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by Brook S. Mason
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Michael Bruno, the founder of 1stdibs, the successful design and antiques website, launches NYC20, his inaugural New York art and design fair, Apr. 12-15, 2012, in a tent in Lincoln Center. The show presents 36 dealers, including Donzella, Liz O'Brien, Lobel Modern and Trinity House, among others. Bruno launched 1stdibs a mere 11 years ago, and since then, he says, the site has  racked up $500 million in sales with 1,200 dealers in the U.S., Canada, London, Paris, Mexico City and now the Benelux countries. We talked at the company's huge offices -- soon to double in size to 20,000 square feet -- at Fifth Avenue and 20th Street.

With the fair world still turbulent, what was the inspiration for the inaugural NYC20 fair and why the Lincoln Center tent venue?

I wanted to do a fair that is a combination gallery, the 1stdibs space at 200 Lexington Avenue where our dealers share space, and our online site. Fairs are still wildly successful and the good ones take a few years to build momentum. Look at the first Art Basel Miami Beach and compare that to just several years later when it spawned a number of satellites. As for Lincoln Center, it is centrally located.

Is there a particular fair model you had in mind?

Look at the former Pavilion of Art and Design fair staged this past November in the Park Avenue Armory. But I didn't want to launch a fair at that level, where dealers can spend $80,000 in a heartbeat. For NYC20, the cost is far more viable, and we've sold all the space to 1stdibs dealers, and have a waiting list.

What audience do you expect to serve?

We pull together the best of fashion, art and design, so it's an exciting event that is sure to pull in the crowds.

In terms of taste, what is the biggest market shift you have seen in art and antiques?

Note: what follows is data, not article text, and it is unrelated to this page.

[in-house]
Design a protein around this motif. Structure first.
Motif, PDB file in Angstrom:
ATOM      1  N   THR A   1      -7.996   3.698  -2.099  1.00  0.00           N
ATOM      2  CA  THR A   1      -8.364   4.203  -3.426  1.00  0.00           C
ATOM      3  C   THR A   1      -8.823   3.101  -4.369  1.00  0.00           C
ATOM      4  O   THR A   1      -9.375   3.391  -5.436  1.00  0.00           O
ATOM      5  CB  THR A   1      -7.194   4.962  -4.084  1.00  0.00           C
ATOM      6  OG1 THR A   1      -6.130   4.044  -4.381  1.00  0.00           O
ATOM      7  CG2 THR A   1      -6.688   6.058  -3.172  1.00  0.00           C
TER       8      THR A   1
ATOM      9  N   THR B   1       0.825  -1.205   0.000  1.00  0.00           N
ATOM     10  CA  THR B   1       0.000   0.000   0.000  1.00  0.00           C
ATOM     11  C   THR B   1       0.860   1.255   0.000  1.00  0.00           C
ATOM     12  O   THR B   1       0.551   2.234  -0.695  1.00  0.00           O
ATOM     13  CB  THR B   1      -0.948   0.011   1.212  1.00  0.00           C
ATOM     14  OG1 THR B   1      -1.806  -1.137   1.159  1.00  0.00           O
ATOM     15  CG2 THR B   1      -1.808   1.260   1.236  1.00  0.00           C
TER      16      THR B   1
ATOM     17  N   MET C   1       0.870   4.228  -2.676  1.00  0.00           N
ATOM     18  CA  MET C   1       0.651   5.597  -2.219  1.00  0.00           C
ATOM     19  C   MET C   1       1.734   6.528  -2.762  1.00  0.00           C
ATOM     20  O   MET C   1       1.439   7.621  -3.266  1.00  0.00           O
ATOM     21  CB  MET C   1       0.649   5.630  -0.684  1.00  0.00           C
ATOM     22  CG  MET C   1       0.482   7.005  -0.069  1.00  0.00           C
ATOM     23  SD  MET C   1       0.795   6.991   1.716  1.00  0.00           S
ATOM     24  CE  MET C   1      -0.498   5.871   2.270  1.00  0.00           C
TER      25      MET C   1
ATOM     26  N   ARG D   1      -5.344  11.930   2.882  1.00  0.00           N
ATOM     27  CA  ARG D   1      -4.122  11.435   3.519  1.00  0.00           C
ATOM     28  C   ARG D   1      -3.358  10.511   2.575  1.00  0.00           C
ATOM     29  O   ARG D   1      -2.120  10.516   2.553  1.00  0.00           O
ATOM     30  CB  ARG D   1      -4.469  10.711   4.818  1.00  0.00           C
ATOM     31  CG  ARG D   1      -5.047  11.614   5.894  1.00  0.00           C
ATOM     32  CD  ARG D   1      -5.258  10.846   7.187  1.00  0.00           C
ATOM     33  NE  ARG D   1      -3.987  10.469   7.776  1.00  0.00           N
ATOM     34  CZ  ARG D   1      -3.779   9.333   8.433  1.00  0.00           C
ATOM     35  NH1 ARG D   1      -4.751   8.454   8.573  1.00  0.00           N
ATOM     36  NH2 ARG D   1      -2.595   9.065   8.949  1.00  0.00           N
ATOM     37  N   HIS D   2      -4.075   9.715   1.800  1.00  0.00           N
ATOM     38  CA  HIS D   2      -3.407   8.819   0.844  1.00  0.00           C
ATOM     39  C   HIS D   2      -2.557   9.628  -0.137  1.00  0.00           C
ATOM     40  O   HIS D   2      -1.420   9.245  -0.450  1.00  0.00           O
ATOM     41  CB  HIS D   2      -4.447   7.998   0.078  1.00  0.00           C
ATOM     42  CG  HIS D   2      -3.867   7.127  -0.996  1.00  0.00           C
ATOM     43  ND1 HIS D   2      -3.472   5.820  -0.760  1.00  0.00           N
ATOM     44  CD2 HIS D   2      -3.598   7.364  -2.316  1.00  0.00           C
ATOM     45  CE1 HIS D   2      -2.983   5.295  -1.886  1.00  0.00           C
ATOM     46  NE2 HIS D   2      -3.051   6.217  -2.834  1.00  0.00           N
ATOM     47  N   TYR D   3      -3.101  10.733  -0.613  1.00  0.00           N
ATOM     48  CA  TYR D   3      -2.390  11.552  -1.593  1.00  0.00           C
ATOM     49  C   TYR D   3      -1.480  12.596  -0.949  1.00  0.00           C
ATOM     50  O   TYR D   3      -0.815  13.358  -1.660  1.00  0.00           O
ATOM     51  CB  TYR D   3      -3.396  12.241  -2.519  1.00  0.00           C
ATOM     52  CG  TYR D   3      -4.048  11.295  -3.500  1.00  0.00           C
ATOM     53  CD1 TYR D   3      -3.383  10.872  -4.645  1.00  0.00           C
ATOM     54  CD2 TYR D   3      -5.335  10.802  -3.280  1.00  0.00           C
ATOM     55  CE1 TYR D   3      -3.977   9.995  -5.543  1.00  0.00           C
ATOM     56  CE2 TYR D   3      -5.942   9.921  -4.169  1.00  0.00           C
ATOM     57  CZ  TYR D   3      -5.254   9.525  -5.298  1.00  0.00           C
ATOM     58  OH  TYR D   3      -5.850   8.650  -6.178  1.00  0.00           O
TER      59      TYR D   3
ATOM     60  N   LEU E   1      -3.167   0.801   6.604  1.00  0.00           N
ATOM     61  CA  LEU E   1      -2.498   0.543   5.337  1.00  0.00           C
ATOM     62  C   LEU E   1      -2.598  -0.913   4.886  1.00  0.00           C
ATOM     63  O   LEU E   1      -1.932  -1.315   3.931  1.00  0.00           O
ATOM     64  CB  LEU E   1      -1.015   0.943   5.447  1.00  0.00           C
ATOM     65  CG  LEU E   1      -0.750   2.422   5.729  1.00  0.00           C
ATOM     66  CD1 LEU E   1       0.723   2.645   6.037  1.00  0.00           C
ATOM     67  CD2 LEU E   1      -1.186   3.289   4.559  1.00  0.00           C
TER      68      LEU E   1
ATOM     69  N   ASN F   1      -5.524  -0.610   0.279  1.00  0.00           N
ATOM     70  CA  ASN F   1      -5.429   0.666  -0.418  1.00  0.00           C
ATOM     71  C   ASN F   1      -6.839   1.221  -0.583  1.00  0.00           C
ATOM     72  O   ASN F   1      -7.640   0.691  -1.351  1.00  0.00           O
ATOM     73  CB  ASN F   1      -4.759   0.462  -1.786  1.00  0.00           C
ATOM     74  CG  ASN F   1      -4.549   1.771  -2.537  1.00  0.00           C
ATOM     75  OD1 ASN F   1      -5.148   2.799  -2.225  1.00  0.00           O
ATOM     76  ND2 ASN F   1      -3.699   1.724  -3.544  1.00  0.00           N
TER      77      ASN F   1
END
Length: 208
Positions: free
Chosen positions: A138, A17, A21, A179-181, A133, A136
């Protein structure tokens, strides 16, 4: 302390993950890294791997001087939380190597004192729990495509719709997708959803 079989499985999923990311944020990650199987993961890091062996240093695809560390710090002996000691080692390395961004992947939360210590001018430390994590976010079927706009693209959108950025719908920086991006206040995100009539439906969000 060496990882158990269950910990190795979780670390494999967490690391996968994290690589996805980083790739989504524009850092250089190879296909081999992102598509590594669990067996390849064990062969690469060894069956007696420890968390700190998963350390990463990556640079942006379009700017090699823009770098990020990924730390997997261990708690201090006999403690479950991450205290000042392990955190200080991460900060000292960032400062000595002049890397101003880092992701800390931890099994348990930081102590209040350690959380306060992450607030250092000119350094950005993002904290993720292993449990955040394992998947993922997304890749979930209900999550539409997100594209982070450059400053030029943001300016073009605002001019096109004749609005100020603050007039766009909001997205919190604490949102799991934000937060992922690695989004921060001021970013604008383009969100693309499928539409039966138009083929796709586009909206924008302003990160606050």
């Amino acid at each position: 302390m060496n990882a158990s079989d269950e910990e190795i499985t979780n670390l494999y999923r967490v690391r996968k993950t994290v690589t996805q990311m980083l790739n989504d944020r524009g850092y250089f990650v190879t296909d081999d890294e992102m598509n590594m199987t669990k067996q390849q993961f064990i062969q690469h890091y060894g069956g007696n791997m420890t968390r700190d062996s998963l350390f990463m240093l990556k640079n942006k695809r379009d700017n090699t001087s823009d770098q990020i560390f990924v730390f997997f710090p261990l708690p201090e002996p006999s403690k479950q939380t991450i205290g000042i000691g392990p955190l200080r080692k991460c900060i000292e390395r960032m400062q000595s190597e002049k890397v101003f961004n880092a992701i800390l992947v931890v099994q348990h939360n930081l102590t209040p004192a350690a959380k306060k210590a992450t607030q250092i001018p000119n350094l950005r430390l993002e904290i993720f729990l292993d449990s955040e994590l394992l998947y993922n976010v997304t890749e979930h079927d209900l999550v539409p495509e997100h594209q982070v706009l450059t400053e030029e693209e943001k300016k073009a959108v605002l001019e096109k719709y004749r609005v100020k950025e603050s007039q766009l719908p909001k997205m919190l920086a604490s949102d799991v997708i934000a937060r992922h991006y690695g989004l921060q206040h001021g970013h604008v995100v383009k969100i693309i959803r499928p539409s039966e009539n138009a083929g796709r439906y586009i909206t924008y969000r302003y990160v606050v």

People are still buying quality and not just quantity. Now we no longer need trends and more and more people understand the power of eclecticism. Look how taste today is far more than the industrial Belgian look. Before it was Hollywood Regency, which filtered down to West Elm. Now that style is overkill. People are no longer wed to a single style in this economy and they've moved far beyond and we see it from 1stdibs right down to yard sales.

As we have seen the antiques market softening, what examples do you find most in demand?

There's a return to the traditional. Look at Restoration Hardware and the influence of the TV show "Downton Abbey," set on a fictional estate in Yorkshire during the reign of King George V. Sideboards are back.

What do you personally collect in terms of art and how has it changed?

As to art, I still have work by my sister Sally Bruno, who is now getting her masters degree at Claremont in California.

Is there a particular period of antiques you collect?

I collect animal-themed objects, things that range from a giant black rooster in iron from Belgium to a lantern in the shape of a squirrel. As to furniture, I have work by Jean Michel Frank, Jacques Adnet and Karl Springer.

Which fairs do you attend regularly?

I just returned from my first time at TEFAF Maastricht. I always take in Art Basel Miami Beach and Brian and Anna Haughton's International Fine Art & Antique Dealers Show. Others include the Los Angeles and the San Francisco antiques fairs and occasionally the piers show. This is the first year I missed the Armory Show but I took in the Nashville Antiques and Garden Show, which was terrific.

Are you sourcing material differently now?

I still visit stores for a living and when I'm looking for something specific, I go online.

What projects do you have upcoming?

In two weeks, we're launching a section devoted to the European region of the Benelux countries, specifically focusing on Amsterdam, Antwerp and Brussels -- cities that have a lot of modern dealers.

BROOK S. MASON is U.S. correspondent for the Art Newspaper, and also writes for the Financial Times and other publications.